Despite Brazil’s recent downgrade to junk and a key change at the top of the finance ministry, head of economics at the central bank Tulio Maciel said the inflow of direct investment into the country has been resilient.
According to the central bank, foreign investment is expected to reach US$66bn this year, up from last year’s US$65bn. Expectations for 2016 are lower, at US$60bn.
Maciel said that despite the slowdown in economic activity and “non-economic events,” foreign investment flow has proven strong because it is the result of long-term company strategy.
“The country remains an attractive market with 200mn consumers,” he said.
Maciel also noted that the high US dollar makes buying assets in Brazil cheaper for foreigners, state news agency Agência Brasil reported.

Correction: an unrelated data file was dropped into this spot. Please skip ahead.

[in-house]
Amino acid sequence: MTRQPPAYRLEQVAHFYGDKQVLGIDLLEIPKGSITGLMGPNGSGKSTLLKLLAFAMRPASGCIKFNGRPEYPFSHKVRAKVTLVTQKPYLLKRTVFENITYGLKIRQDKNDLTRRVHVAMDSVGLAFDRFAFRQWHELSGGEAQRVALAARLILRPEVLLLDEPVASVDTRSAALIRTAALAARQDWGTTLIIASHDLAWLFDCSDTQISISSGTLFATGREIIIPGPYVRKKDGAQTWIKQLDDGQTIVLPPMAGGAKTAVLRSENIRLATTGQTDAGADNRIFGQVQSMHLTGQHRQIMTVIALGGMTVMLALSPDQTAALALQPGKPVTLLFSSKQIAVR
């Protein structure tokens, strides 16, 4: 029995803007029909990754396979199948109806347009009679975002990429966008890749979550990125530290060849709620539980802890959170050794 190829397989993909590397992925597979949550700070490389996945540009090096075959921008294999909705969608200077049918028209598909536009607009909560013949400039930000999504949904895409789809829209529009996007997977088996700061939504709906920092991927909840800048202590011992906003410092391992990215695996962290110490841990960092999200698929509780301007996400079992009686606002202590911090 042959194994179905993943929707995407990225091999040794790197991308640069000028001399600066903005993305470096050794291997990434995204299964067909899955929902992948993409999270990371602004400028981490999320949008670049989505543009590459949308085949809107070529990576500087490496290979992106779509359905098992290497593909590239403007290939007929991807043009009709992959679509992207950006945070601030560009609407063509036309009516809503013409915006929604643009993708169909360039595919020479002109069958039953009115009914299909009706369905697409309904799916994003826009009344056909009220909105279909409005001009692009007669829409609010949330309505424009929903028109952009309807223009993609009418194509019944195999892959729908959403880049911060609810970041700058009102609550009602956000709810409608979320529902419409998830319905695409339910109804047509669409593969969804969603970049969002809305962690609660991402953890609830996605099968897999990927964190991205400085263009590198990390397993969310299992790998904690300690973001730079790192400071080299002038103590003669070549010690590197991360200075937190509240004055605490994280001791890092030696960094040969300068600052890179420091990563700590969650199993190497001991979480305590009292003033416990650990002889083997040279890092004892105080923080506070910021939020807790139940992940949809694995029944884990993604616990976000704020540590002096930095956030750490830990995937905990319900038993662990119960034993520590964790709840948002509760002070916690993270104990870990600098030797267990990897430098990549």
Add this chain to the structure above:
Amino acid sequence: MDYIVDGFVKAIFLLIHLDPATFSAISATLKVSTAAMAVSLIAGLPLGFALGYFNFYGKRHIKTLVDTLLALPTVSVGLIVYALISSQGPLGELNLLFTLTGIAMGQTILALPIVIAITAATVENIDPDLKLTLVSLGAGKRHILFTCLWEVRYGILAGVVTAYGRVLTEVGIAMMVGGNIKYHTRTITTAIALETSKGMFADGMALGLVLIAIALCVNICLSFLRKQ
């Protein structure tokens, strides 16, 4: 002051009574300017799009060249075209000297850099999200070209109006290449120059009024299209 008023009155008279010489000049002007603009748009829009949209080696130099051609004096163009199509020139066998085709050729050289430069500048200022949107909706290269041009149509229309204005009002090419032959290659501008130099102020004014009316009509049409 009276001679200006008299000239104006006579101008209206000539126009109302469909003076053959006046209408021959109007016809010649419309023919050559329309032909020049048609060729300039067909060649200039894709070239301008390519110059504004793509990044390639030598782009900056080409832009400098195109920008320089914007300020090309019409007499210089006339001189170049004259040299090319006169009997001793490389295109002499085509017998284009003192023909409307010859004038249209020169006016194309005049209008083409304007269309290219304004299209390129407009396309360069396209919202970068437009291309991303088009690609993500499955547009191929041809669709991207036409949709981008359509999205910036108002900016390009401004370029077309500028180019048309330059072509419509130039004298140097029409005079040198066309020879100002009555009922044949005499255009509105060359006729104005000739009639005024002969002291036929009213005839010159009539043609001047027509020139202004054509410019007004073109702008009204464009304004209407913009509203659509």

Projections were determined following Brazil’s second downgrade to a speculative outlook this year. Fitch removed the country’s investment grade two weeks ago, while Standard & Poor’s did the same in September.
“We made these projections after [the country’s] second downgrade,” said Maciel. “The change in [finance] minister does not alter our projections.”
President Dilma Rousseff announced on Friday that planning minister Nelson Barbosa would replace Joaquim Levy as finance minister.